How hard was it to jump straight to F1 car, and how helpful for you was the fact that you are an active racing driver in DTM?
Yeah, it is difficult to jump into a car. I think a big benefit for me is that I’ve been racing DTM for the last four years, so the race craft is there. Ultimately you’ve got to learn a new car and a new challenge each time with a new team, so it never takes away how hard it is, so that’s why Formula 1 drivers are expected to be the best in the world, because they’re performing to the best in the world against each other.
Following a group of cars fairly ahead of you, how do you use your two-step vision? Primarily you look at the track up ahead and keep the other cars out of focus or the other way around? Or, do you switch your focus momentarily up ahead?
It’s something that comes with the race craft, and it’s something that comes from go karts. Predicting what’s going to happen and looking ahead of you, and that’s one thing a racing driver does – they do look ahead. They look at the corner entry and exit before they arrive, and it’s about managing your space, and I guess that’s where your spatial awareness comes in. It’s all to do with your vision and your sense, and your confidence with how you feel the car through your whole body. There’s a lot of contact with your back and the way your seat protects you in a car, and you get the feeling through all of that. It’s all about commitment, confidence, and only through time do you learn that, and me being in my thirties now, hopefully I’ve got enough experience to be better than somebody who’s young.
Miguel del Pilar
I’m 15 and driving in karts looking forward to move to cars. But money is an issue. What pointers can you give to find partners and build relationships for sponsorship?
It’s something I’ve always found quite hard, finding personal sponsors. It’s difficult, sometimes it comes down to who you know rather than what you know. If you find a good solution, please could you come and see me because it would certainly help my career!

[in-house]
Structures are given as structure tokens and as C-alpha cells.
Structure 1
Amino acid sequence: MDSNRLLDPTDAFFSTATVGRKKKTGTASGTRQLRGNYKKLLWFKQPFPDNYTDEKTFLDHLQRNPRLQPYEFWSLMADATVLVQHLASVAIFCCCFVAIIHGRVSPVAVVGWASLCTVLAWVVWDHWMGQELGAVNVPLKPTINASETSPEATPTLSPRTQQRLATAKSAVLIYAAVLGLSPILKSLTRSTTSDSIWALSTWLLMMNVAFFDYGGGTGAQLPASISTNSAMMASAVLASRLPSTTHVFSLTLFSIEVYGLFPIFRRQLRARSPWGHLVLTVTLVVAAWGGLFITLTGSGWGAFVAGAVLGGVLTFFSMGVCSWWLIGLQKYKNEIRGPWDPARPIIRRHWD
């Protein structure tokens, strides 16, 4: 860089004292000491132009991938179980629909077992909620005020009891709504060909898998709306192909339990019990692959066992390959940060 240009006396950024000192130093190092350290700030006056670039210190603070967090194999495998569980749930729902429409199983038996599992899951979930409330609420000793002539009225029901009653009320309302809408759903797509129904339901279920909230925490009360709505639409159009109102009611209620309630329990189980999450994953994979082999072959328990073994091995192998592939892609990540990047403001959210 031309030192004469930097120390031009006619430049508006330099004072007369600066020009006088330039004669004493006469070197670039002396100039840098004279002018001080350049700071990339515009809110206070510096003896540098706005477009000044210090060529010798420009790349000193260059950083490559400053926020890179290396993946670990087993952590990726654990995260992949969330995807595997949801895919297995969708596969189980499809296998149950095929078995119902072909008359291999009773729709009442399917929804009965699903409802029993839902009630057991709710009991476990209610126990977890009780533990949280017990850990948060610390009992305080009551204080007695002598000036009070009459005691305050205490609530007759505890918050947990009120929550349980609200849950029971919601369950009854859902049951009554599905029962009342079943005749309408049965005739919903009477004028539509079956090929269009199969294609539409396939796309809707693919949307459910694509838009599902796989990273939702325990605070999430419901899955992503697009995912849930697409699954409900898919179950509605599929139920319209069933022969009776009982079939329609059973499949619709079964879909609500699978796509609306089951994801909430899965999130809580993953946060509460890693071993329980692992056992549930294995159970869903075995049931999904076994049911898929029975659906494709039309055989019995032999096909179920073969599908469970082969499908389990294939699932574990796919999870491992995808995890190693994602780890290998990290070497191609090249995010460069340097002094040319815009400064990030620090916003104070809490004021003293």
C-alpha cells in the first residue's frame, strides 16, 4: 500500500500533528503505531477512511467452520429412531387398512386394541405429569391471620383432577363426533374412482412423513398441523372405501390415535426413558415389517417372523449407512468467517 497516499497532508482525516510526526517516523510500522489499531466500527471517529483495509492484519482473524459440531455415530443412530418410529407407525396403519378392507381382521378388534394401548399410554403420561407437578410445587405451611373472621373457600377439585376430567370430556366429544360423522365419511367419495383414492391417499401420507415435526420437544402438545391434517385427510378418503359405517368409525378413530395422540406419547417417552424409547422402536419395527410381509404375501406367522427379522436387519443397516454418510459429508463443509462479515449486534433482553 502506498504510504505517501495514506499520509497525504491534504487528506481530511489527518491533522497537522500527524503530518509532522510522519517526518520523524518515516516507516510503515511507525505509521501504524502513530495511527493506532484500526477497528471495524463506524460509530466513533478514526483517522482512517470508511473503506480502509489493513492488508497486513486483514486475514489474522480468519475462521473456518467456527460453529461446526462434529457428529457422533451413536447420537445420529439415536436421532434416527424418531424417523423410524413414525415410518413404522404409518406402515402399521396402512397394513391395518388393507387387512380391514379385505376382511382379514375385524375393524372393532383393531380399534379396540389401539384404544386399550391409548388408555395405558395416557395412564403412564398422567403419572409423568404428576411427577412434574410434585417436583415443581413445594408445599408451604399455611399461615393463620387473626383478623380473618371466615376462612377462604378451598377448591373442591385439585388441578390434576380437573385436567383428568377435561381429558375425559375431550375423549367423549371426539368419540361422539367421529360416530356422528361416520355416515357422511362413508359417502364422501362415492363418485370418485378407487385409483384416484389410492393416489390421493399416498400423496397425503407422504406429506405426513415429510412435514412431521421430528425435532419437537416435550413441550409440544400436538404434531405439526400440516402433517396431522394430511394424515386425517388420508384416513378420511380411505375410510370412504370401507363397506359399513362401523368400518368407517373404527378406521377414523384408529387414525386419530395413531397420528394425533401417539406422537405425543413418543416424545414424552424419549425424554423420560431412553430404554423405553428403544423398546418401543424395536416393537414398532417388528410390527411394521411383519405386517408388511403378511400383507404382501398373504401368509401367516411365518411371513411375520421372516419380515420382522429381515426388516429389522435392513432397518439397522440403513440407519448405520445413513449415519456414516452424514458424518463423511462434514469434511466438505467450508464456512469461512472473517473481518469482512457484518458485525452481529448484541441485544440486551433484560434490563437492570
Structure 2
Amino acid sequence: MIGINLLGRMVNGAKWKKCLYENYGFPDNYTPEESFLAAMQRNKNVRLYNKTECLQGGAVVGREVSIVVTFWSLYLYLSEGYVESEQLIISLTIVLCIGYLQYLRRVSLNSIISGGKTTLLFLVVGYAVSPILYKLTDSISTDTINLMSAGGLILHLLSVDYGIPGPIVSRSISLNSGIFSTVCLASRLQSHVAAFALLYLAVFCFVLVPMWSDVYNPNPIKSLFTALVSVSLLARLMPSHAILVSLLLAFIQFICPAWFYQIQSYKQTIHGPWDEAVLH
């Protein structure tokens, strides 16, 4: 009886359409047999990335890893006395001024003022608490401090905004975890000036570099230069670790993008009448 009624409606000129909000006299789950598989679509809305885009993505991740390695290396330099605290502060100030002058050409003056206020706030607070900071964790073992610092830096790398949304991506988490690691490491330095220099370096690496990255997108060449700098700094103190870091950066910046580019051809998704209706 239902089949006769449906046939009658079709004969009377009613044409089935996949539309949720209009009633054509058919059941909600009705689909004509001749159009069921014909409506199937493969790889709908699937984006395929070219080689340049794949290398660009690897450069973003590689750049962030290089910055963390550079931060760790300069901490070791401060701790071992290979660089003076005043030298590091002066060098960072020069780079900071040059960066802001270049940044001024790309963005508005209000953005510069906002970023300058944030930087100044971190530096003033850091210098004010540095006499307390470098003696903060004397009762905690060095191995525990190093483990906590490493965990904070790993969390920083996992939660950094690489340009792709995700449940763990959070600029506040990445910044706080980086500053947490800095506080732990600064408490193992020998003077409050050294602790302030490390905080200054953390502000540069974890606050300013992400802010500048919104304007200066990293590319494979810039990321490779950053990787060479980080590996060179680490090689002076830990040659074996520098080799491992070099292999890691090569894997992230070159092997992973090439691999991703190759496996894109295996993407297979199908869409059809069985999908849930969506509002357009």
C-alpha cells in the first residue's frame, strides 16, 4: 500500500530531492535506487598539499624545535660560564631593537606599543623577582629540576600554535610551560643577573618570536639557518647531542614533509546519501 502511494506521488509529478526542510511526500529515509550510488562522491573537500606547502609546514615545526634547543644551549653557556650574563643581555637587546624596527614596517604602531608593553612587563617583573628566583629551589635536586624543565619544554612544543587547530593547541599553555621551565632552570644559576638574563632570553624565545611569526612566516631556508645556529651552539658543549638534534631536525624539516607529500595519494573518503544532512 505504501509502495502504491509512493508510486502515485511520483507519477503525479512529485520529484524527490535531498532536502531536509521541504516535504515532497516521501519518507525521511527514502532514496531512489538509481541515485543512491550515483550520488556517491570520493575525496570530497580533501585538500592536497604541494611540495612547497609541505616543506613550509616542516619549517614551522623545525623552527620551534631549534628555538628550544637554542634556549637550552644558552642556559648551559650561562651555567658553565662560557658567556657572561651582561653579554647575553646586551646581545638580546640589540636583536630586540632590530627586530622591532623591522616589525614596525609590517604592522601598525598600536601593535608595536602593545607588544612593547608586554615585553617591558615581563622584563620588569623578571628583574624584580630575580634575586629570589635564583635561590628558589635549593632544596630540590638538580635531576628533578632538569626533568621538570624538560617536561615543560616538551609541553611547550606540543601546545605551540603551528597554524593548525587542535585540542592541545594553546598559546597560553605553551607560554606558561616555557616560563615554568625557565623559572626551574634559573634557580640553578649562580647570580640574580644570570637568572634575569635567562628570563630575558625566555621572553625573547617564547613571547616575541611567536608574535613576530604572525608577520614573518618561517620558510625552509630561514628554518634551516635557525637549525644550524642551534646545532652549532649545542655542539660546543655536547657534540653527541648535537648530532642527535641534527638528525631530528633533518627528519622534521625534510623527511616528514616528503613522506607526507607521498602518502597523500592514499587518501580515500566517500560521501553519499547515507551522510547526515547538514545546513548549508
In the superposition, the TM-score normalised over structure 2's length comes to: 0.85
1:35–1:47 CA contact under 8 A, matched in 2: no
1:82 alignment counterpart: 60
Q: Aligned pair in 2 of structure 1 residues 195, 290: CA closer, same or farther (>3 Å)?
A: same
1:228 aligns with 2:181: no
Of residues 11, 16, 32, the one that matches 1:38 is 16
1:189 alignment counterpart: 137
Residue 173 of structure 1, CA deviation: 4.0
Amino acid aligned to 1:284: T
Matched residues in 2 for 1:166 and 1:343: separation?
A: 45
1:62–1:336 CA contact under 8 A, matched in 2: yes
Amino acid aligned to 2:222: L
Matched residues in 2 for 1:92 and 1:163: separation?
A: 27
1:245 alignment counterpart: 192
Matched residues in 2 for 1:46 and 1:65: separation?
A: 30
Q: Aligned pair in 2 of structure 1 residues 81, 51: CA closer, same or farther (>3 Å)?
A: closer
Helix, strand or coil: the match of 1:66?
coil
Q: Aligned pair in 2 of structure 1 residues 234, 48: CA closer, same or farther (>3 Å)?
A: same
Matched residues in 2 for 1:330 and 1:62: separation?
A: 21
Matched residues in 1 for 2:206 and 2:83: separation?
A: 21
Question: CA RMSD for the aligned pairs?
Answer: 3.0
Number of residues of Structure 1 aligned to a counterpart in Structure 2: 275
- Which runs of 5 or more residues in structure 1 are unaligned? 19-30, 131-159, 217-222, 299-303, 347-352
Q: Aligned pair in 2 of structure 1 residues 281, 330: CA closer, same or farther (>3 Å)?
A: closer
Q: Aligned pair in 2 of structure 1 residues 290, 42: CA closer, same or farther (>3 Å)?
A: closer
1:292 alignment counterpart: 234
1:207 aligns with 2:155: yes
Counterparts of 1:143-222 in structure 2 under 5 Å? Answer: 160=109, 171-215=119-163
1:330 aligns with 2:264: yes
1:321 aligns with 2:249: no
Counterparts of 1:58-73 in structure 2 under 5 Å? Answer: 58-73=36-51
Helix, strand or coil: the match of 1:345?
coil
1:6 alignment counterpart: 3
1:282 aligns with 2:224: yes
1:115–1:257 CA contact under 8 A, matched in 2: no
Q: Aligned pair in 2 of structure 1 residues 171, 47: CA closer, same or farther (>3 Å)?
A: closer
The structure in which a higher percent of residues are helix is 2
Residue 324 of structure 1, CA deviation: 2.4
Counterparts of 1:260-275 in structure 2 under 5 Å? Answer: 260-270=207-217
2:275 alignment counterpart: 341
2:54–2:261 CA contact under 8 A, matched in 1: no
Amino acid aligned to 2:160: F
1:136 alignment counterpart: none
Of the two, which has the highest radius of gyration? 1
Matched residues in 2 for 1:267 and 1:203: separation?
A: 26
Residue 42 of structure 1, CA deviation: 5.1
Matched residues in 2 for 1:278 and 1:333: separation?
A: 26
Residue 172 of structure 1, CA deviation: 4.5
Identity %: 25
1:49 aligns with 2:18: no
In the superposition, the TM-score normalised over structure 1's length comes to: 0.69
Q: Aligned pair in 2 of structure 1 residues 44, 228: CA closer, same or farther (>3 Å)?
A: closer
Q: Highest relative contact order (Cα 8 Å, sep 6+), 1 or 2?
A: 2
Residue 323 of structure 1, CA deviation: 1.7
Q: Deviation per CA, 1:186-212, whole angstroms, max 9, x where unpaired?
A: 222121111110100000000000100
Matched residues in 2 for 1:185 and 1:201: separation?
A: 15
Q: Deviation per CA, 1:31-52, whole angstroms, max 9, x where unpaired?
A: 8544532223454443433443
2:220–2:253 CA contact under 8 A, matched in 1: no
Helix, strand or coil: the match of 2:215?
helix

Hi Paul, what an enlightening career you have. Congratulations on your success! I have a G35 coupe, mostly stock and I track with amateurs for fun. On track one day, it just started sprinkling, I was coming to a tight left, the car drifted a bit around the turn, I was able to hold it, but before straightening out, the rear tires caught traction in a dry patch and the car whipped right, then left and I ended up in a ditch. How would I have avoided that and stayed in control after the tires caught traction? Thanks!
Sorry to hear you smashed your car James, I guess you can say maybe a bit more experience in that scenario would help! It’s one of these things that, I guess, going to these race schools, they can teach you to drift, and when the car slides, braking is not always the thing to do, sometimes it’s accelerating can help you get things out of the way. Hopefully next time it goes a bit better, enjoy it – hopefully it doesn’t dent your confidence, and hopefully it doesn’t dent your pocket as well! It’s one of those things – we all crash, but you have to move on, and enjoy it next time.